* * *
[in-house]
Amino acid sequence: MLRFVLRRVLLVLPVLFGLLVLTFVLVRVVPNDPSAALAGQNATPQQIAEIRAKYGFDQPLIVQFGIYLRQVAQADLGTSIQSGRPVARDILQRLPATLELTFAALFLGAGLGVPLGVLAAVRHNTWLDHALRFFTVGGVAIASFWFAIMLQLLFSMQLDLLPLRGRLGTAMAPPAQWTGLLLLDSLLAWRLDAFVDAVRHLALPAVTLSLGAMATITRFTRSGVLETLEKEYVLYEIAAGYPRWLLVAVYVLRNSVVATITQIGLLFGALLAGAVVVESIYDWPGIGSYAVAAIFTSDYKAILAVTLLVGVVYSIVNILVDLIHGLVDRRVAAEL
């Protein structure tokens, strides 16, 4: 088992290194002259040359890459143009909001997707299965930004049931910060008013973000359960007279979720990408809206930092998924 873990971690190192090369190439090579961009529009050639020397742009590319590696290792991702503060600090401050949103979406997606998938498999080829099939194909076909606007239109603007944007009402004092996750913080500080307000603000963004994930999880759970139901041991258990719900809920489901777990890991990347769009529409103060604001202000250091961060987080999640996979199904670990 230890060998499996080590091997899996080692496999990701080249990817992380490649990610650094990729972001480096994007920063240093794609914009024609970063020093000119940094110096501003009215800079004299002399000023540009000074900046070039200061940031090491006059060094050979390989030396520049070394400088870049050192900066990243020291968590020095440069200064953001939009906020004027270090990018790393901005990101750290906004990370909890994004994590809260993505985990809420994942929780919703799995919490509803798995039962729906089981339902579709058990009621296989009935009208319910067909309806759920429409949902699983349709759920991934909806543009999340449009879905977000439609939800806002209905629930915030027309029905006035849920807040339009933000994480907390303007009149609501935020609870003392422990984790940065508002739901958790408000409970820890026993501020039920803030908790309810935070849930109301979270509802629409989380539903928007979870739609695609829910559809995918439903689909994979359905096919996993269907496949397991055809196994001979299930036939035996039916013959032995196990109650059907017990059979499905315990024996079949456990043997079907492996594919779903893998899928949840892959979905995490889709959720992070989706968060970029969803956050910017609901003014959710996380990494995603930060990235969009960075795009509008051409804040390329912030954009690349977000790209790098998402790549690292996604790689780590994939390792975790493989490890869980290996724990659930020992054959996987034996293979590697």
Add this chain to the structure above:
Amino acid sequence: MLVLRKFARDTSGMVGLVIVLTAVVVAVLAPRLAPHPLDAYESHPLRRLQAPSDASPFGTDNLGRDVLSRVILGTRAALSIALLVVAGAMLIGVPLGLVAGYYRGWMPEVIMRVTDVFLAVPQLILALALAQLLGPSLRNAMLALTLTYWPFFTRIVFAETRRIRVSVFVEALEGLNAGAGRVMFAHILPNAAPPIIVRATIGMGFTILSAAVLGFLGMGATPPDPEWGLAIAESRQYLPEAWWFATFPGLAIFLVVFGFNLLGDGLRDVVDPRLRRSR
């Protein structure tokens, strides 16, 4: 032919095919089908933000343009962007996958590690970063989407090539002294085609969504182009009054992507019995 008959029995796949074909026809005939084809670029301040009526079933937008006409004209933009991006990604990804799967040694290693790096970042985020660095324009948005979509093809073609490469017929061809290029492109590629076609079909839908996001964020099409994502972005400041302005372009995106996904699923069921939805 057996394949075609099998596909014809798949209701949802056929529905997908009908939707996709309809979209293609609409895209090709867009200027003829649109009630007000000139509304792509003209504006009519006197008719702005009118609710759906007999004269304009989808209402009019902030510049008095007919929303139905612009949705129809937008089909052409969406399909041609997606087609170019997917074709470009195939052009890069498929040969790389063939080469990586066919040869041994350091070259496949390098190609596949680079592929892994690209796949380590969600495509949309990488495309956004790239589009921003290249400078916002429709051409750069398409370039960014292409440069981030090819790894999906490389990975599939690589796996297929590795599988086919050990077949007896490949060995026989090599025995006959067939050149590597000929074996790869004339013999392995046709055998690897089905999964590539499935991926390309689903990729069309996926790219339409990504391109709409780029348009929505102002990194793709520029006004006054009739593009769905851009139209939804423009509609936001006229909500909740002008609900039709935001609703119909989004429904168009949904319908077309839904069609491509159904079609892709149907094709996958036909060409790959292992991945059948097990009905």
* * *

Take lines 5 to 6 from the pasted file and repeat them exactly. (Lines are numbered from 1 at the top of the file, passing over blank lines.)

Amino acid sequence: MLVLRKFARDTSGMVGLVIVLTAVVVAVLAPRLAPHPLDAYESHPLRRLQAPSDASPFGTDNLGRDVLSRVILGTRAALSIALLVVAGAMLIGVPLGLVAGYYRGWMPEVIMRVTDVFLAVPQLILALALAQLLGPSLRNAMLALTLTYWPFFTRIVFAETRRIRVSVFVEALEGLNAGAGRVMFAHILPNAAPPIIVRATIGMGFTILSAAVLGFLGMGATPPDPEWGLAIAESRQYLPEAWWFATFPGLAIFLVVFGFNLLGDGLRDVVDPRLRRSR
């Protein structure tokens, strides 16, 4: 032919095919089908933000343009962007996958590690970063989407090539002294085609969504182009009054992507019995 008959029995796949074909026809005939084809670029301040009526079933937008006409004209933009991006990604990804799967040694290693790096970042985020660095324009948005979509093809073609490469017929061809290029492109590629076609079909839908996001964020099409994502972005400041302005372009995106996904699923069921939805 057996394949075609099998596909014809798949209701949802056929529905997908009908939707996709309809979209293609609409895209090709867009200027003829649109009630007000000139509304792509003209504006009519006197008719702005009118609710759906007999004269304009989808209402009019902030510049008095007919929303139905612009949705129809937008089909052409969406399909041609997606087609170019997917074709470009195939052009890069498929040969790389063939080469990586066919040869041994350091070259496949390098190609596949680079592929892994690209796949380590969600495509949309990488495309956004790239589009921003290249400078916002429709051409750069398409370039960014292409440069981030090819790894999906490389990975599939690589796996297929590795599988086919050990077949007896490949060995026989090599025995006959067939050149590597000929074996790869004339013999392995046709055998690897089905999964590539499935991926390309689903990729069309996926790219339409990504391109709409780029348009929505102002990194793709520029006004006054009739593009769905851009139209939804423009509609936001006229909500909740002008609900039709935001609703119909989004429904168009949904319908077309839904069609491509159904079609892709149907094709996958036909060409790959292992991945059948097990009905």